In Japan, the total capacity of centralized photovoltaic power plants is about 37GW, accounting for 56% of the total capacity of photovoltaic power systems. That is to say, the remaining 44% of the systems are the distributed types. In China, the capacity of centralized plants has completely overtaken Japan. And the Chinese government is making efforts to accelerate the development of distributed photovoltaic power systems.
The Photovoltaic History of Japan
We all know Japan is one of the top developed countries in the world. Although it is a small-size country, its energy consumption ranks fourth in the world. In order to better deal with the energy problem, the government regarded solar power as a national key project. Actually, Japan has devoted to develop photovoltaic technology since 1990, because of the scarcity of natural resources.
During this 26-year period, Japan has made great achievements and stayed ahead in the world. In some fields of photovoltaic technology, Japan can even do better than other developed countries like Germany and United States. Since the nuclear power plant accident took place in 2011, Japan has established 3 ground-mounted photovoltaic power plants and reach a total capacity of 23MW. To reduce the accident rate, these power plants are also implemented comprehensive network monitoring systems to ensure the safety. Based on the above achievements, the Japanese government began a new photovoltaic project in 2012. Its total capacity is about 1,800MW.
However, due to the shortage of land and other development issues, the photovoltaic market in Japan has been transformed from large-scale ground-mounted photovoltaic systems to distributed/rooftop photovoltaic systems since the beginning of 2016. And Japan is supposed to be the world’s largest rooftop photovoltaic market in 2016, which will promote the development of photovoltaic industry in many other countries.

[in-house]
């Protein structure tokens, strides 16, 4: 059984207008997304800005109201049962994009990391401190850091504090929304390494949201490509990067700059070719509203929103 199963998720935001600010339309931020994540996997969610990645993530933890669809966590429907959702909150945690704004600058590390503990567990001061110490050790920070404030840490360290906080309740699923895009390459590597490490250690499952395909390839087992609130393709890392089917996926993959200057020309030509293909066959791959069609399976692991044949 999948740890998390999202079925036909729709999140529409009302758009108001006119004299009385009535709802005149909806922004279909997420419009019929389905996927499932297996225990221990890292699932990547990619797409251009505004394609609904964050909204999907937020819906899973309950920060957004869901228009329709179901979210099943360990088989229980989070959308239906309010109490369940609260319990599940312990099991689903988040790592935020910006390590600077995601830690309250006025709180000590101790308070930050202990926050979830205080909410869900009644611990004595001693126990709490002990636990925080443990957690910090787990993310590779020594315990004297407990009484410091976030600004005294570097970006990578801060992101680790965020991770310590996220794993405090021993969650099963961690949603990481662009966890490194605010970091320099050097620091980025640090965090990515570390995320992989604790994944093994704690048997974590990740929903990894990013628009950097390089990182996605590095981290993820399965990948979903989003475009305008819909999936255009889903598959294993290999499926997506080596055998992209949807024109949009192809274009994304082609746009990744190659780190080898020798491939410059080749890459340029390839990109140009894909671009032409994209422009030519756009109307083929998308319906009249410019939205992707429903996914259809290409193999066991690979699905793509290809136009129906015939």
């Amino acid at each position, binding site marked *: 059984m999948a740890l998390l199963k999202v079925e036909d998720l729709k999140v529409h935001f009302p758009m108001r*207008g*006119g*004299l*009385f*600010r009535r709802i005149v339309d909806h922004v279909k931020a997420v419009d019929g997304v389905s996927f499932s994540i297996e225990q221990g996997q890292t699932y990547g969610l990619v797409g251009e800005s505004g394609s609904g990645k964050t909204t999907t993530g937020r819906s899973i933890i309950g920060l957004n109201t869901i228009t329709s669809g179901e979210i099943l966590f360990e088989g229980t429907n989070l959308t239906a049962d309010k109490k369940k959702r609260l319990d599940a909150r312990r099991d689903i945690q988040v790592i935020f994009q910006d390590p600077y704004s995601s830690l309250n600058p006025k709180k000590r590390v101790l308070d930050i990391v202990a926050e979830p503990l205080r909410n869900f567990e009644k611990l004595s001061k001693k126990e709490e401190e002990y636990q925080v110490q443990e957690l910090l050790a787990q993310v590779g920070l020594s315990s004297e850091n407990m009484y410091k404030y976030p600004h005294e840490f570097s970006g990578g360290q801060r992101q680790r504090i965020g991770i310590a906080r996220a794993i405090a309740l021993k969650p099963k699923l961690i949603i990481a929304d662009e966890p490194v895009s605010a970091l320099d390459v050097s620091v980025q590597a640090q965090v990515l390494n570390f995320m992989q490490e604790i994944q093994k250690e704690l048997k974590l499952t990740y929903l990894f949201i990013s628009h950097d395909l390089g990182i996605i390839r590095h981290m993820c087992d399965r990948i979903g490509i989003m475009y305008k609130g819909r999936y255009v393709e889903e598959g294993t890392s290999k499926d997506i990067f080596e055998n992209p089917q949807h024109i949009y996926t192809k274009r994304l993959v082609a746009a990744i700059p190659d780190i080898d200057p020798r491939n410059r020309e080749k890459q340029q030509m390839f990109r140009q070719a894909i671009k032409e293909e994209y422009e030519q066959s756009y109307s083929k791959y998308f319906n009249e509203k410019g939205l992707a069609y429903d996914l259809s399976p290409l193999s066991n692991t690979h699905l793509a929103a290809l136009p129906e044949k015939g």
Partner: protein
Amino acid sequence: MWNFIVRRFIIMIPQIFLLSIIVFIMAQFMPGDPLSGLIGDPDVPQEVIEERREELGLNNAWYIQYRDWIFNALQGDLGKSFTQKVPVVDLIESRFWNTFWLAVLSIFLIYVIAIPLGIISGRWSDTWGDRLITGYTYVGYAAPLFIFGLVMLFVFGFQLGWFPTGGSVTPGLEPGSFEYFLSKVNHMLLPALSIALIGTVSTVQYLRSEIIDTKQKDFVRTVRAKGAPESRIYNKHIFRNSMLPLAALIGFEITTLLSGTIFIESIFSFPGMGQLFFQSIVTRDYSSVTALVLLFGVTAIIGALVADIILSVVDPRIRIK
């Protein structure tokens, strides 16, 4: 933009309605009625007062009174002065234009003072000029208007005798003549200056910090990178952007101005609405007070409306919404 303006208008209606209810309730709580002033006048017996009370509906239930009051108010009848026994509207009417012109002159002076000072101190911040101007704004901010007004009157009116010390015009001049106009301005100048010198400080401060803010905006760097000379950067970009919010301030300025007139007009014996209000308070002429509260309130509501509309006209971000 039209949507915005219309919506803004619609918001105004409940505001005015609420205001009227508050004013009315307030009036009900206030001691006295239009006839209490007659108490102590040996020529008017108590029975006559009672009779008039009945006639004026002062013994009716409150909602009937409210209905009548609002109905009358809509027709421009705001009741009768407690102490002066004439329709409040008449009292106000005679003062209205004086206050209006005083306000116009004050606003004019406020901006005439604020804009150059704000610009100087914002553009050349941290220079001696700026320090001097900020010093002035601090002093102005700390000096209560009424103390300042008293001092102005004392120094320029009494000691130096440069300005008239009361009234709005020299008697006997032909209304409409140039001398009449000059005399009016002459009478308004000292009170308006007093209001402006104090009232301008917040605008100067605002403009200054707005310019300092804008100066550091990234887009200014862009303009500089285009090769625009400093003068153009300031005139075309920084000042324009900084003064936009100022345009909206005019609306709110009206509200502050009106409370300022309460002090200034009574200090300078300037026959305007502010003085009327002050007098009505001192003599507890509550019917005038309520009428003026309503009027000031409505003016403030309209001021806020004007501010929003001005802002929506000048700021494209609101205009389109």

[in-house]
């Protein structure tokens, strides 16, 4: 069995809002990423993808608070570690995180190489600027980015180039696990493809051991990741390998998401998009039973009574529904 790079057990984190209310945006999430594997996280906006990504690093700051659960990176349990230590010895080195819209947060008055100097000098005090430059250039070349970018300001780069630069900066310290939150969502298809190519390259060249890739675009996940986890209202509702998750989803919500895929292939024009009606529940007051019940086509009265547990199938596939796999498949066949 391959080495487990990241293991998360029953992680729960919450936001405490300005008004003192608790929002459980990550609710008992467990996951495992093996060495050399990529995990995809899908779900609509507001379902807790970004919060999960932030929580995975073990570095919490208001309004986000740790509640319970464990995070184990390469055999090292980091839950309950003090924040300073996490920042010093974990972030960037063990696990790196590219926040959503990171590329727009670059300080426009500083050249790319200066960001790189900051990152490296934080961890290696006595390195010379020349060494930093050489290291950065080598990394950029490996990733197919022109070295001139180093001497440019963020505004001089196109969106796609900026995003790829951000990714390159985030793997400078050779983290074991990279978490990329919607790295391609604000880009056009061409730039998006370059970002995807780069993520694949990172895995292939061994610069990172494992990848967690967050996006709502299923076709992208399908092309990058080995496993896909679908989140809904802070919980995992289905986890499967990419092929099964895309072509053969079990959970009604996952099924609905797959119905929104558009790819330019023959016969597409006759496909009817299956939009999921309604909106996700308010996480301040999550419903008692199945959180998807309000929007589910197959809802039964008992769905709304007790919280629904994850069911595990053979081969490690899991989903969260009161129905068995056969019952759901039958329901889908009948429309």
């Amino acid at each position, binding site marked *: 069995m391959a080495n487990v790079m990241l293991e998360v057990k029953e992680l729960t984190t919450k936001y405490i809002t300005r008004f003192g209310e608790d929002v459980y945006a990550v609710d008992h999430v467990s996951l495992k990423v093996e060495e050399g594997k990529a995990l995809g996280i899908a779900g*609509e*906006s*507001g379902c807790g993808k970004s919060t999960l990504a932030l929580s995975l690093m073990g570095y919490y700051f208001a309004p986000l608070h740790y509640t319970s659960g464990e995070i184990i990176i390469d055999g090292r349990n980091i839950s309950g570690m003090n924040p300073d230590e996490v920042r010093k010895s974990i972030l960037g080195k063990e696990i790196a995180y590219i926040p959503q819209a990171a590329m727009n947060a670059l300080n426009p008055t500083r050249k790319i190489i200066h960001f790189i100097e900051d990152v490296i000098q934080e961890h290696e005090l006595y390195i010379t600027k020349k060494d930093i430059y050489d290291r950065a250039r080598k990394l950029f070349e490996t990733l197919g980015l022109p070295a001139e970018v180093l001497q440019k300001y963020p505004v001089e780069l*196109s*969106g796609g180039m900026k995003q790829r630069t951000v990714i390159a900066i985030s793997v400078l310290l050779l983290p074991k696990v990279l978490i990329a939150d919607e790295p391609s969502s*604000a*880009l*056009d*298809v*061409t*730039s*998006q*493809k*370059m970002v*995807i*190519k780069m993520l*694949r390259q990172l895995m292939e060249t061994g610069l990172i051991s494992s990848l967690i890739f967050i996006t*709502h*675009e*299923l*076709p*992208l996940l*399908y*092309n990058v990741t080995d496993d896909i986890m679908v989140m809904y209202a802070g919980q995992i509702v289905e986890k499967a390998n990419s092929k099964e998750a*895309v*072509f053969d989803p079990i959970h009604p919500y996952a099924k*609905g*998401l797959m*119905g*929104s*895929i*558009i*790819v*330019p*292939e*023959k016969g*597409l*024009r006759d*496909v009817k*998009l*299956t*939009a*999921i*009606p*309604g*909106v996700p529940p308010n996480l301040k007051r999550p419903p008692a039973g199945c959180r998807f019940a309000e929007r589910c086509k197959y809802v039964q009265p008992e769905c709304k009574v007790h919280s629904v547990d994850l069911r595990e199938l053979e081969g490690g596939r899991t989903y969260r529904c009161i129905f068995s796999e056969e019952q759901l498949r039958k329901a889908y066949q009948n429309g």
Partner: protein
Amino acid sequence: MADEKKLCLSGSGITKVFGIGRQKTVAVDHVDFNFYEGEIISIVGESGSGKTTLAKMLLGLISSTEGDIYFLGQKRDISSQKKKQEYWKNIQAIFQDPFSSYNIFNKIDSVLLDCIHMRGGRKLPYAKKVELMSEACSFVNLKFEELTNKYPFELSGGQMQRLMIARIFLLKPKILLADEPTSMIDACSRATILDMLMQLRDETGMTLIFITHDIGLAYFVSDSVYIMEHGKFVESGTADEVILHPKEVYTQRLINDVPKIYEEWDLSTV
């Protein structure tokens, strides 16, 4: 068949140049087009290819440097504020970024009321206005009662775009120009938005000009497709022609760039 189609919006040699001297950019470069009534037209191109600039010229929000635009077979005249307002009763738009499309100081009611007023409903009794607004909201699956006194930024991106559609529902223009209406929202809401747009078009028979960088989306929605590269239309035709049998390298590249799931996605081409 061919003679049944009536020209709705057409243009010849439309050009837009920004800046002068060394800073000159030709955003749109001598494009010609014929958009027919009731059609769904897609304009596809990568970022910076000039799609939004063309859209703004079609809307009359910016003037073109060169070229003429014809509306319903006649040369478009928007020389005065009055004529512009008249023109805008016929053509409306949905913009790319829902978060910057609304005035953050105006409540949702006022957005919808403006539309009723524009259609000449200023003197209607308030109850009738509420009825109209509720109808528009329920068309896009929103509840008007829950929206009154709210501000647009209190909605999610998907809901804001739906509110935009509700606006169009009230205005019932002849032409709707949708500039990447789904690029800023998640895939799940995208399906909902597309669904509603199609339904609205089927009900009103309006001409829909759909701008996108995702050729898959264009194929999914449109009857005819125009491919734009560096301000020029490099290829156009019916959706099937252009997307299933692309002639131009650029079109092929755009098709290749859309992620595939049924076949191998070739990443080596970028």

The Photovoltaic History of China
For China, it began to formally exploit and utilize photovoltaic power in 2004. Shenzhen International Garden and Flower Expo Park spent 66 million yuan establishing a photovoltaic system with a capacity of 1MW. At that time, its total installed capacity ranked first in Asia. In 2006, Shanghai Jiaotong University built a photovoltaic system on its gymnasium and took it as a demonstration project. During 2011 to 2012, the Chinese government had promulgated the “Twelfth Five-Year Plan” and many relevant photovoltaic subsidy policies to stimulate the development of photovoltaic industry. Meanwhile, the government adopted measures to promote the construction of photovoltaic power plants in Northwest China, as well as strengthen people’s awareness of photovoltaic power.
At the beginning of 2014, the total capacity of photovoltaic plants reached 28.2GW – turning China into the world’s second largest photovoltaic power producer (the first was Germany). Bloomberg New Energy Finance predicted, China will become the world’s largest photovoltaic market and own a ground-mounted photovoltaic power plant with the highest capacity of photovoltaic power.
The Architectural Differences Between the Two Countries
As the largest developing country in the world, China has the third largest territory. Unfortunately, in China, the distribution of population is quite sparse in the Northwest district, while is quite dense in the developed districts like Yangtze River Delta Economic Zone and Pearl River Delta Economic Zone. The uncoordinated distribution has led to the uncoordinated development of photovoltaic systems in China. To be specific:
1) For Northwest China: